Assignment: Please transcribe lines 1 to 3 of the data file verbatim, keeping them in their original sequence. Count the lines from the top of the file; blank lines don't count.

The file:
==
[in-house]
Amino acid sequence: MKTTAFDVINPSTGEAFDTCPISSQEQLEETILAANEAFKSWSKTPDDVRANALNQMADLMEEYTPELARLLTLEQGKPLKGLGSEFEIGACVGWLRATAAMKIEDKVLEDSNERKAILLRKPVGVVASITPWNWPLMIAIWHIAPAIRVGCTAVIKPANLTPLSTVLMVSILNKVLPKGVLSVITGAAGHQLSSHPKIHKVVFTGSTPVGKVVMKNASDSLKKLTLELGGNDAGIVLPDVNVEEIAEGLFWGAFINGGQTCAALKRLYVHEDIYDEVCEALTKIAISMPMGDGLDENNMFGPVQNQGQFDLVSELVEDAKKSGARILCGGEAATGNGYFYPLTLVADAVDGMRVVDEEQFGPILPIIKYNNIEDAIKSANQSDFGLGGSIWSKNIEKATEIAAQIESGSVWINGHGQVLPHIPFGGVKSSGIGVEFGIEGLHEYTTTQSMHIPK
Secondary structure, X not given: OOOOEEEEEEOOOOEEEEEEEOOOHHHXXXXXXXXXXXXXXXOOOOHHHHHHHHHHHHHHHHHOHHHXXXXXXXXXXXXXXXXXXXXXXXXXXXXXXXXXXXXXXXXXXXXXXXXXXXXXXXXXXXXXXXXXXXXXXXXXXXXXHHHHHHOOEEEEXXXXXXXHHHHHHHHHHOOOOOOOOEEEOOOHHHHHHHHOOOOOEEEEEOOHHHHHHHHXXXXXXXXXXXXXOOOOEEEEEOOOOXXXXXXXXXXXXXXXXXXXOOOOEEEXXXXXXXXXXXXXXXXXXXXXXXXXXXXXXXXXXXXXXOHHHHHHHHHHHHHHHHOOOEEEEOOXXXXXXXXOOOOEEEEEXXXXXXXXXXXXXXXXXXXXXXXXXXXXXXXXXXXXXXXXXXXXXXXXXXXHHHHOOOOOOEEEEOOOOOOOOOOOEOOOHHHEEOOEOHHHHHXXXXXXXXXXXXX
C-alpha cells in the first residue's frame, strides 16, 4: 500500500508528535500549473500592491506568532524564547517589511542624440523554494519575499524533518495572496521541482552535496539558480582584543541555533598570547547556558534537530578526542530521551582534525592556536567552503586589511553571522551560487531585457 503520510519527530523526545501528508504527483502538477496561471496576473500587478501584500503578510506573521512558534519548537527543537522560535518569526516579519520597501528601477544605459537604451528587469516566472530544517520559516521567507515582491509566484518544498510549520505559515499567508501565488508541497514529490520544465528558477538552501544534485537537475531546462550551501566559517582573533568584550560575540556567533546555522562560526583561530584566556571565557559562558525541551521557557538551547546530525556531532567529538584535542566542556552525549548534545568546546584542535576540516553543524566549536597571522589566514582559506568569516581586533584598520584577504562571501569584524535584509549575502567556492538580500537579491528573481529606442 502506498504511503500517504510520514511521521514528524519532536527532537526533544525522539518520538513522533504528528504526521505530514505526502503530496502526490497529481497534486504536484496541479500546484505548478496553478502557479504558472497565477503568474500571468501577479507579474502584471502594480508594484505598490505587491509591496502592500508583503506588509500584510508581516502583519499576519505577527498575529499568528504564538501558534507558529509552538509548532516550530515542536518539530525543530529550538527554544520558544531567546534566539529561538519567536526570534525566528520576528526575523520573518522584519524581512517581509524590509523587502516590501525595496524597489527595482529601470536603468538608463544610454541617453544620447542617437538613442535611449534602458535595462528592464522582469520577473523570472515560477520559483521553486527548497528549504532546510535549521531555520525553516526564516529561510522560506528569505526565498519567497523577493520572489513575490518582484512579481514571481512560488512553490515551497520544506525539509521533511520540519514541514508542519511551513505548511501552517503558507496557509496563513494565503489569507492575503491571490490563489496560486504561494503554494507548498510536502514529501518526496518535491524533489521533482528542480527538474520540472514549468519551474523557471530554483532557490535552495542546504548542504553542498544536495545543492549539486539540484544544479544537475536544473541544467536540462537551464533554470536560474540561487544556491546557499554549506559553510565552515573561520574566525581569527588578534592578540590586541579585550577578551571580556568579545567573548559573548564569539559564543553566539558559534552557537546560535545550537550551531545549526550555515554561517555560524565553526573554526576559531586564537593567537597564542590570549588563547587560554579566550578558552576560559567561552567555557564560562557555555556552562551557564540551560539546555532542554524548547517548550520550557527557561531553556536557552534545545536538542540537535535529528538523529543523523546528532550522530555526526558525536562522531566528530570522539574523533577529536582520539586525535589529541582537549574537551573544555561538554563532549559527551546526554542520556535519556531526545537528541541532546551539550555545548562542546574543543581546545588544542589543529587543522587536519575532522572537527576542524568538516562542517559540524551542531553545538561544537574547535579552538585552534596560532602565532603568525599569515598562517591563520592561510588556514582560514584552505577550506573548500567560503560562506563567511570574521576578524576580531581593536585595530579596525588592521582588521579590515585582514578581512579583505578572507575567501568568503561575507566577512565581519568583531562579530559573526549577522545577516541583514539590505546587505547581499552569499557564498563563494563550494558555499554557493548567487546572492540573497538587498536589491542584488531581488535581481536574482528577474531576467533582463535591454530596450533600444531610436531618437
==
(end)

[in-house]
Amino acid sequence: MKTTAFDVINPSTGEAFDTCPISSQEQLEETILAANEAFKSWSKTPDDVRANALNQMADLMEEYTPELARLLTLEQGKPLKGLGSEFEIGACVGWLRATAAMKIEDKVLEDSNERKAILLRKPVGVVASITPWNWPLMIAIWHIAPAIRVGCTAVIKPANLTPLSTVLMVSILNKVLPKGVLSVITGAAGHQLSSHPKIHKVVFTGSTPVGKVVMKNASDSLKKLTLELGGNDAGIVLPDVNVEEIAEGLFWGAFINGGQTCAALKRLYVHEDIYDEVCEALTKIAISMPMGDGLDENNMFGPVQNQGQFDLVSELVEDAKKSGARILCGGEAATGNGYFYPLTLVADAVDGMRVVDEEQFGPILPIIKYNNIEDAIKSANQSDFGLGGSIWSKNIEKATEIAAQIESGSVWINGHGQVLPHIPFGGVKSSGIGVEFGIEGLHEYTTTQSMHIPK
Secondary structure, X not given: OOOOEEEEEEOOOOEEEEEEEOOOHHHXXXXXXXXXXXXXXXOOOOHHHHHHHHHHHHHHHHHOHHHXXXXXXXXXXXXXXXXXXXXXXXXXXXXXXXXXXXXXXXXXXXXXXXXXXXXXXXXXXXXXXXXXXXXXXXXXXXXXHHHHHHOOEEEEXXXXXXXHHHHHHHHHHOOOOOOOOEEEOOOHHHHHHHHOOOOOEEEEEOOHHHHHHHHXXXXXXXXXXXXXOOOOEEEEEOOOOXXXXXXXXXXXXXXXXXXXOOOOEEEXXXXXXXXXXXXXXXXXXXXXXXXXXXXXXXXXXXXXXOHHHHHHHHHHHHHHHHOOOEEEEOOXXXXXXXXOOOOEEEEEXXXXXXXXXXXXXXXXXXXXXXXXXXXXXXXXXXXXXXXXXXXXXXXXXXXHHHHOOOOOOEEEEOOOOOOOOOOOEOOOHHHEEOOEOHHHHHXXXXXXXXXXXXX